On June 23, 1800, The Impartial Register of Salem, Massachusetts, published an “Anecdote of General Hamilton” that had been received “From a Correspondent”:
When a youth of 17, he was chief clerk to an eminent merchant at St. Eustatia, who being absent, the business of the compting room, of course, devolved on young Hamilton. He had handed to him a letter, directed to his master, which, supposing it related to mercantile concerns, he opened; but his surprize was great when he found that it contained a challenge to his master, whose proxy he was. The young hero answered the challenge in the name of his master, and the time and place was mentioned in the reply. Hamilton appeared to the antagonist of his master on the field; and, to use his own words, ‘did his business in his absence,’ and would not agree to any compromise, except on the express condition that the challenger should acknowledge, in writing, that he had received suitable satisfaction from Mr. ——, that he was a gentleman of honor, &c.; and further, that he (Hamilton) should never be known in the business—which terms the challenger was obliged to accede to, or fight young Hamilton; he chose the former, and the parties separated. In a few months, however, it came to his master’s ear, who was so struck with the magnanimity of such conduct, that he gave him liberty to come to the Continent, choose what profession he pleased, and draw on him to any amount! Perhaps to this anecdote, we are indebted for the services and abilities of a man who has not his superiour as a solider, a financier, and a statesman.
** This anecdote appears in The Papers of Alexander Hamilton 26:236n, but that volume cites the Gazette of the United States & Daily Advertiser of June 28, 1800. The above is an earlier source and apparently the original printing of the story.
This anecdote was subsequently republished in dozens of newspapers across the country.
Needless to say, this anecdote is clearly wrong in many particulars. Most notably, it states that Hamilton had been the “chief clerk to an eminent merchant at St. Eustatia.” Hamilton had, of course, been the chief clerk to Nicholas Cruger on St. Croix, not to a merchant on St. Eustatius. However, Hamilton had lived on St. Eustatius as a youngster and had been sent on a “commercial expedition” or “errand” to St. Eustatius in 1772, so perhaps one of these was the cause of placing Hamilton on the wrong island at the wrong time. Additionally, according to this anecdote, as a result of this event Hamilton’s employer decided to send him to the mainland and paid his way. But we know that Hamilton’s trip to the mainland for an education was paid for by Ann Lytton Venton, Hamilton’s cousin.
The anecdote itself also makes little sense. The whole idea of a young subordinate employee convincing someone who had challenged his employer to forego a duel, give up his grievance, and acknowledge having “received suitable satisfaction” without the other party’s knowledge or approval is hardly believable.
Moreover, one should always question an uncorroborated story coming from an anonymous source, especially when appearing years after the fact far away from the location where it took place. This “correspondent” claimed to have quoted Hamilton’s “own words,” which certainly makes it sound like Alexander Hamilton was the original source of this story, but Hamilton apparently never told his wife or children about this or he discountenanced it because his son John C. Hamilton surely would have included such an interesting story in his biographies about his father if they had heard this tale and believed it to be true.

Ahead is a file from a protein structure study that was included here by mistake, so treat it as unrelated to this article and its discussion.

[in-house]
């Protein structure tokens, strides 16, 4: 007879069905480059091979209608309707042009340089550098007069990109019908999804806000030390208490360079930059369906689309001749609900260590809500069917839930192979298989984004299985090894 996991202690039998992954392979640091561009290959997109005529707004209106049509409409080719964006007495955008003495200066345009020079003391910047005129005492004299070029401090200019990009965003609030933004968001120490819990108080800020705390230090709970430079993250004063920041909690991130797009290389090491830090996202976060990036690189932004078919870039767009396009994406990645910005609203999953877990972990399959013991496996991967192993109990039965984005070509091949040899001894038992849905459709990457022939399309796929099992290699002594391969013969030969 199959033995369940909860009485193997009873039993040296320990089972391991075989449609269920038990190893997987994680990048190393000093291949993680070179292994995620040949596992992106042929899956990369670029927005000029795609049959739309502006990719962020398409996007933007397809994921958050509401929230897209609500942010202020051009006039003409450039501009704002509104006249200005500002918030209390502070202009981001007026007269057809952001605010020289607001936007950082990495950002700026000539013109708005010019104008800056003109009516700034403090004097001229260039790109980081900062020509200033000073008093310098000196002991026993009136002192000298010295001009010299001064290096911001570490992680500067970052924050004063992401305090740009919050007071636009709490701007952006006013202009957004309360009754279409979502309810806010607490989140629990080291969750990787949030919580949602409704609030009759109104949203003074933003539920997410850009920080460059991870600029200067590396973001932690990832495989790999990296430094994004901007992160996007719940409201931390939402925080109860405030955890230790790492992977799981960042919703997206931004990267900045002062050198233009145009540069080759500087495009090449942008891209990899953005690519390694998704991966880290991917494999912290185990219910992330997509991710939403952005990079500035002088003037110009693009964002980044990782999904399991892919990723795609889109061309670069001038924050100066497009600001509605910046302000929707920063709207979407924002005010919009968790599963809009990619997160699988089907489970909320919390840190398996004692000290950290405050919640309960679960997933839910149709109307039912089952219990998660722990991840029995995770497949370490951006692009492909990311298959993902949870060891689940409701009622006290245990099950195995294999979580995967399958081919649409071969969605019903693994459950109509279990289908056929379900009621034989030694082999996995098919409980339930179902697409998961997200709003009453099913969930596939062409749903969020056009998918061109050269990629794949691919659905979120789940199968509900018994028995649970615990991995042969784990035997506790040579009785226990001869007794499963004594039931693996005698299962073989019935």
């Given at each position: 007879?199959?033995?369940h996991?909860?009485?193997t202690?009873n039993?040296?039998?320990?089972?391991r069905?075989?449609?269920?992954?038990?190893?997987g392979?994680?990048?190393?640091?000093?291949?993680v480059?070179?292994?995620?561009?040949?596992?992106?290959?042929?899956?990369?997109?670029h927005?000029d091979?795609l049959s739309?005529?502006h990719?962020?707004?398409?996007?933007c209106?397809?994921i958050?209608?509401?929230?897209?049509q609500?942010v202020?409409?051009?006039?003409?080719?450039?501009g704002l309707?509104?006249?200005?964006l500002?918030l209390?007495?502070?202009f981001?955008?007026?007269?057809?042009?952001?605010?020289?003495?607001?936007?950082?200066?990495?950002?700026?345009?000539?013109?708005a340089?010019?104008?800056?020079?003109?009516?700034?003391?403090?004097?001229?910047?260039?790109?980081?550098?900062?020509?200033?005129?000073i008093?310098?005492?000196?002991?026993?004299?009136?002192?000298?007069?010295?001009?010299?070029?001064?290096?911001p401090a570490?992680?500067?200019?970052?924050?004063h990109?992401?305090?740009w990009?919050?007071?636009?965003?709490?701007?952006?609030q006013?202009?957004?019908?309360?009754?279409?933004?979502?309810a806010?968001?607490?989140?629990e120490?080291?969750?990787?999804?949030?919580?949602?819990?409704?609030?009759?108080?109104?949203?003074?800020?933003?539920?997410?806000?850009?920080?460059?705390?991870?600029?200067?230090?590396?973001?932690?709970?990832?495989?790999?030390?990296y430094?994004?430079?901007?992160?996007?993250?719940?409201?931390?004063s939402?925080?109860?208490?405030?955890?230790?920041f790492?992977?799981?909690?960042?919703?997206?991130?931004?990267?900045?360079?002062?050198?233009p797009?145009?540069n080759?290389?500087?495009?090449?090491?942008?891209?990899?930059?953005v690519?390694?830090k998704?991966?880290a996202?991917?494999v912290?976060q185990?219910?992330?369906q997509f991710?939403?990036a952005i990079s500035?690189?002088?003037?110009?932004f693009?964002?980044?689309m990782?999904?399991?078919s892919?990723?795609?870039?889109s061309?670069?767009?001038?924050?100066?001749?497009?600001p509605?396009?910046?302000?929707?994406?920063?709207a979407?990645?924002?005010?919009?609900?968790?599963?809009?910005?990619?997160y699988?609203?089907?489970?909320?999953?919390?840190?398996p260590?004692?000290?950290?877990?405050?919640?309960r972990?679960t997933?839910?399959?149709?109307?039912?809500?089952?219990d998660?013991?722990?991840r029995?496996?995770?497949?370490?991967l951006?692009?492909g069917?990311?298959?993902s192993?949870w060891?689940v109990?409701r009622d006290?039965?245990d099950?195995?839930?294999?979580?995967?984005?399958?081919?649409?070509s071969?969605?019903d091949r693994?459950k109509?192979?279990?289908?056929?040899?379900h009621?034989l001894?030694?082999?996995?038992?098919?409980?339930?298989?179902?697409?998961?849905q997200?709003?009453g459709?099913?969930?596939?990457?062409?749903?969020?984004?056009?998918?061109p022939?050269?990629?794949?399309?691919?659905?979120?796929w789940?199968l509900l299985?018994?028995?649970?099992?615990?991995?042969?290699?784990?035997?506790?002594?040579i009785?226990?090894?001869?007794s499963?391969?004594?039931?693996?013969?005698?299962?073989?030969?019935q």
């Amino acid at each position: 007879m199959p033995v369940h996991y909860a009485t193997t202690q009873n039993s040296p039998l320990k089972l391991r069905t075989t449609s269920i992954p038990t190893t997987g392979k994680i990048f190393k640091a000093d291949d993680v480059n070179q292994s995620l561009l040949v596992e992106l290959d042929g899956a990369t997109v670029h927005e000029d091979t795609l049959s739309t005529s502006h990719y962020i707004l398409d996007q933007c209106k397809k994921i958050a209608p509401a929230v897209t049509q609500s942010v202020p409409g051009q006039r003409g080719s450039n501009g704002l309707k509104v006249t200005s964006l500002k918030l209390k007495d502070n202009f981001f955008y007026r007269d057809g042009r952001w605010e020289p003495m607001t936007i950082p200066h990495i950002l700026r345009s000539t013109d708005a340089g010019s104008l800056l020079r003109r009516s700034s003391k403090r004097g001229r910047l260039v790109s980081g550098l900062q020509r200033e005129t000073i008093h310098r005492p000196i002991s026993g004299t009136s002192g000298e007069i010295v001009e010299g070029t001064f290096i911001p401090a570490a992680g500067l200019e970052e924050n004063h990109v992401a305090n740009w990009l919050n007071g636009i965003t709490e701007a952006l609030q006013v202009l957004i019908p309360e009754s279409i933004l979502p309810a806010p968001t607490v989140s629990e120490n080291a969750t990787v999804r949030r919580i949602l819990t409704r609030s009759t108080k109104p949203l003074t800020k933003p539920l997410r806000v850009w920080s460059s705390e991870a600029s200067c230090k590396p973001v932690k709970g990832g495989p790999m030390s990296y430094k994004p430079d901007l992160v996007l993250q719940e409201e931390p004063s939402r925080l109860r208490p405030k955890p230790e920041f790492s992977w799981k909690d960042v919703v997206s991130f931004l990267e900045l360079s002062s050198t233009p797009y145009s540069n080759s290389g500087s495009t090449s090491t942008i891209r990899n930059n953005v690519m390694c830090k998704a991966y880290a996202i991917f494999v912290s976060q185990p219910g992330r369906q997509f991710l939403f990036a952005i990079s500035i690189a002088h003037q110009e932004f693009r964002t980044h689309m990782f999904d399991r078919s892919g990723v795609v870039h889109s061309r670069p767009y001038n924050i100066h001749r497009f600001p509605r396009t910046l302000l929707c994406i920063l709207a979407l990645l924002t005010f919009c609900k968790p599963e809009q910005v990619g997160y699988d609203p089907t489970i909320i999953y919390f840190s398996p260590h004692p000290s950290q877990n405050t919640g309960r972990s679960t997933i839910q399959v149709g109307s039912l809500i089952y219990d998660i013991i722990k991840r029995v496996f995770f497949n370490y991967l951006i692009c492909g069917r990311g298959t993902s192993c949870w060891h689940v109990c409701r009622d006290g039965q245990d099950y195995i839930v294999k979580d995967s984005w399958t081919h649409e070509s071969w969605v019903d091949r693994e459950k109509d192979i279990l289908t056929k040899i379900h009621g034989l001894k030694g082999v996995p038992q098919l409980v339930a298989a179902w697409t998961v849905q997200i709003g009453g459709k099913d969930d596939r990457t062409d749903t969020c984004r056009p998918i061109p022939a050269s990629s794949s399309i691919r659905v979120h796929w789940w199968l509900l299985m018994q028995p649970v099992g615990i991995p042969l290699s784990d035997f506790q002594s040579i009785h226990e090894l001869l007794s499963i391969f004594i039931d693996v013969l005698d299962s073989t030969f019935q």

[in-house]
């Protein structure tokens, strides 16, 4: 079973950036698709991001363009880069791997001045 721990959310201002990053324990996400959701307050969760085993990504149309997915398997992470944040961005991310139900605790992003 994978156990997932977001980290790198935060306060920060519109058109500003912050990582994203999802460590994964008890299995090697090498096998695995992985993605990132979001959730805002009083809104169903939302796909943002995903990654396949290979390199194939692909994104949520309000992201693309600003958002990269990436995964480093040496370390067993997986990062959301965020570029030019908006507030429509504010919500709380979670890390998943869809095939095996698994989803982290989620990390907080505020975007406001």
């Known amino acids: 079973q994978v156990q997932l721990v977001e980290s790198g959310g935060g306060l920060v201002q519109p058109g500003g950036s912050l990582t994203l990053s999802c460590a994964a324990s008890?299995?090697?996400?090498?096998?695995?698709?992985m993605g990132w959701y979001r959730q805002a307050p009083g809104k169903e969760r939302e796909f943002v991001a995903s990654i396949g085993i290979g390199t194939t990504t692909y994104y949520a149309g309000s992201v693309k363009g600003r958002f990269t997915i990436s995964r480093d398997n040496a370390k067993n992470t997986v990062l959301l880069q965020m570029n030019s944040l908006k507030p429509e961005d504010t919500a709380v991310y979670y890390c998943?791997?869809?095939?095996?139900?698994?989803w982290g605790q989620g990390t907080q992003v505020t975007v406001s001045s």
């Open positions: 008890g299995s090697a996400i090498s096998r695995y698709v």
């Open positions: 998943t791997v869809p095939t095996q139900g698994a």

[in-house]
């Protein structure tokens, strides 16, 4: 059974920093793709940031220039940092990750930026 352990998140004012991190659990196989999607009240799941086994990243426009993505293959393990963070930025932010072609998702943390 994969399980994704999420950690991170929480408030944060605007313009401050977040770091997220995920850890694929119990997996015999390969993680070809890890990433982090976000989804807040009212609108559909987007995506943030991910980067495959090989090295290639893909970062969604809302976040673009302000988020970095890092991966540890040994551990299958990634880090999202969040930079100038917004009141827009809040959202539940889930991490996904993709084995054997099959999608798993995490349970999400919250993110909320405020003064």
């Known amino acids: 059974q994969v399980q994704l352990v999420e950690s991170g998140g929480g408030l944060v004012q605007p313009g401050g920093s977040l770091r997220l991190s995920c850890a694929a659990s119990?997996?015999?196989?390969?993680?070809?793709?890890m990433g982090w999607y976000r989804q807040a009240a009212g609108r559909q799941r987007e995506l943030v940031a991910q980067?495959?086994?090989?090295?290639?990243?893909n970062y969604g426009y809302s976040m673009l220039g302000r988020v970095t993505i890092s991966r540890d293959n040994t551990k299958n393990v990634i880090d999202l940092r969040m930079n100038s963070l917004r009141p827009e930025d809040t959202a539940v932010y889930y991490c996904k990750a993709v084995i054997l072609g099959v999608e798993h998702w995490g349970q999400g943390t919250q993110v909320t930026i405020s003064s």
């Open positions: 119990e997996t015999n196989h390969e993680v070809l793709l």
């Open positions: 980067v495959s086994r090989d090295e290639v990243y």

This story is especially noteworthy and perhaps more credible because, as @medg2001 pointed out to me, it appeared years before Hamilton’s name and character became associated with dueling. Yes, this was an attempt to boost Hamilton’s reputation against the barbs of John Adams and his cohorts and thus must be taken with a grain of salt, but it was not an attempt to make Hamilton look better with regard to duels since that was not yet an issue.
Assuming the story is not entirely fiction, there must be some sliver of truth to this “anecdote.” Perhaps Nicholas Cruger’s “supposed duel” of 1767 (see parts 1 and 2 of that story) is the basis for this anecdote about Hamilton’s near duel. Admittedly, the two stories are widely divergent, but Nicholas Cruger’s “supposed duel” is the only known case in which he was involved in a “duel” around this time. The only noteworthy similarity between the two stories is that in neither case does the duel actually take place. That said, the two stories are so different that it is hard to believe that the one came out of the other.
One could also argue that this anecdote points to Hamilton being born in 1755 rather than 1757, as most believe and as I concluded in Alexander Hamilton: The Formative Years, because the anecdote states that Hamilton was “a youth of 17” when this event took place, which Hamilton would have been if this undated event occurred just before Hamilton left the West Indies and he had been born in 1755. However, given the doubts regarding the veracity of this story and the many errors it contains even if it is partly true, I wouldn’t give this anecdote any weight in helping determine Hamilton’s year of birth.
For the reasons stated above, I am forced to believe that this anecdote probably was a fictional tale, perhaps based very loosely on hearsay accounts of Nicholas Cruger’s “supposed duel” of 1767. That said, it is possible that the story is true, or more likely that the gist of it is true even though many of the particulars are not.
© Posted on June 4, 2018, by Michael E. Newton. Please cite this blog post when writing about these new discoveries.